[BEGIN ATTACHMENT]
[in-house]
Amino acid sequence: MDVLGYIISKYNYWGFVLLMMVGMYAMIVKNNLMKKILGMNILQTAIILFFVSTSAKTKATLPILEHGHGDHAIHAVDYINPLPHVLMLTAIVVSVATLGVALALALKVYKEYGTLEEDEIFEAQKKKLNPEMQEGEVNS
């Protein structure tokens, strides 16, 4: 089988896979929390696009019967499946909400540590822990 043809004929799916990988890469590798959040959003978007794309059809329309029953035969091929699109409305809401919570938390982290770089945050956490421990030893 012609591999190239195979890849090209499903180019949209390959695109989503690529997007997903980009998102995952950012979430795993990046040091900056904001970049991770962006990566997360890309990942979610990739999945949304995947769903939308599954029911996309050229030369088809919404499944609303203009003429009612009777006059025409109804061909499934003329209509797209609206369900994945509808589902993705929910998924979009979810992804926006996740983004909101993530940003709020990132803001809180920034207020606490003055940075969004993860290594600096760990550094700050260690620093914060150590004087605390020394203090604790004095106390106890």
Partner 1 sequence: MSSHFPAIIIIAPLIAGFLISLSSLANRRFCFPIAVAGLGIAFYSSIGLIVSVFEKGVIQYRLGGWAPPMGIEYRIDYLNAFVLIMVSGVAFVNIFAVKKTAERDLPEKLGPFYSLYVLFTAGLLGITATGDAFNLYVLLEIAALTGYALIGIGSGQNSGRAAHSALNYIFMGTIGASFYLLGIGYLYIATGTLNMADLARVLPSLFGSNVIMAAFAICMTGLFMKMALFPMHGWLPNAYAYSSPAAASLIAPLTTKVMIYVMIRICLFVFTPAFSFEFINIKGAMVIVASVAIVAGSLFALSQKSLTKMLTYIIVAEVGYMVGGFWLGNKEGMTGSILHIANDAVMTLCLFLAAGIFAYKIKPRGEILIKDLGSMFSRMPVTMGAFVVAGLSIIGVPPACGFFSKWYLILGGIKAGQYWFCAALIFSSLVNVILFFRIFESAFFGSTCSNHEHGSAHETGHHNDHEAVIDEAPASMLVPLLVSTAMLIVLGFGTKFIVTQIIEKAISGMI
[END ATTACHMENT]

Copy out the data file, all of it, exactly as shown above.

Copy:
[in-house]
Amino acid sequence: MDVLGYIISKYNYWGFVLLMMVGMYAMIVKNNLMKKILGMNILQTAIILFFVSTSAKTKATLPILEHGHGDHAIHAVDYINPLPHVLMLTAIVVSVATLGVALALALKVYKEYGTLEEDEIFEAQKKKLNPEMQEGEVNS
């Protein structure tokens, strides 16, 4: 089988896979929390696009019967499946909400540590822990 043809004929799916990988890469590798959040959003978007794309059809329309029953035969091929699109409305809401919570938390982290770089945050956490421990030893 012609591999190239195979890849090209499903180019949209390959695109989503690529997007997903980009998102995952950012979430795993990046040091900056904001970049991770962006990566997360890309990942979610990739999945949304995947769903939308599954029911996309050229030369088809919404499944609303203009003429009612009777006059025409109804061909499934003329209509797209609206369900994945509808589902993705929910998924979009979810992804926006996740983004909101993530940003709020990132803001809180920034207020606490003055940075969004993860290594600096760990550094700050260690620093914060150590004087605390020394203090604790004095106390106890």
Partner 1 sequence: MSSHFPAIIIIAPLIAGFLISLSSLANRRFCFPIAVAGLGIAFYSSIGLIVSVFEKGVIQYRLGGWAPPMGIEYRIDYLNAFVLIMVSGVAFVNIFAVKKTAERDLPEKLGPFYSLYVLFTAGLLGITATGDAFNLYVLLEIAALTGYALIGIGSGQNSGRAAHSALNYIFMGTIGASFYLLGIGYLYIATGTLNMADLARVLPSLFGSNVIMAAFAICMTGLFMKMALFPMHGWLPNAYAYSSPAAASLIAPLTTKVMIYVMIRICLFVFTPAFSFEFINIKGAMVIVASVAIVAGSLFALSQKSLTKMLTYIIVAEVGYMVGGFWLGNKEGMTGSILHIANDAVMTLCLFLAAGIFAYKIKPRGEILIKDLGSMFSRMPVTMGAFVVAGLSIIGVPPACGFFSKWYLILGGIKAGQYWFCAALIFSSLVNVILFFRIFESAFFGSTCSNHEHGSAHETGHHNDHEAVIDEAPASMLVPLLVSTAMLIVLGFGTKFIVTQIIEKAISGMI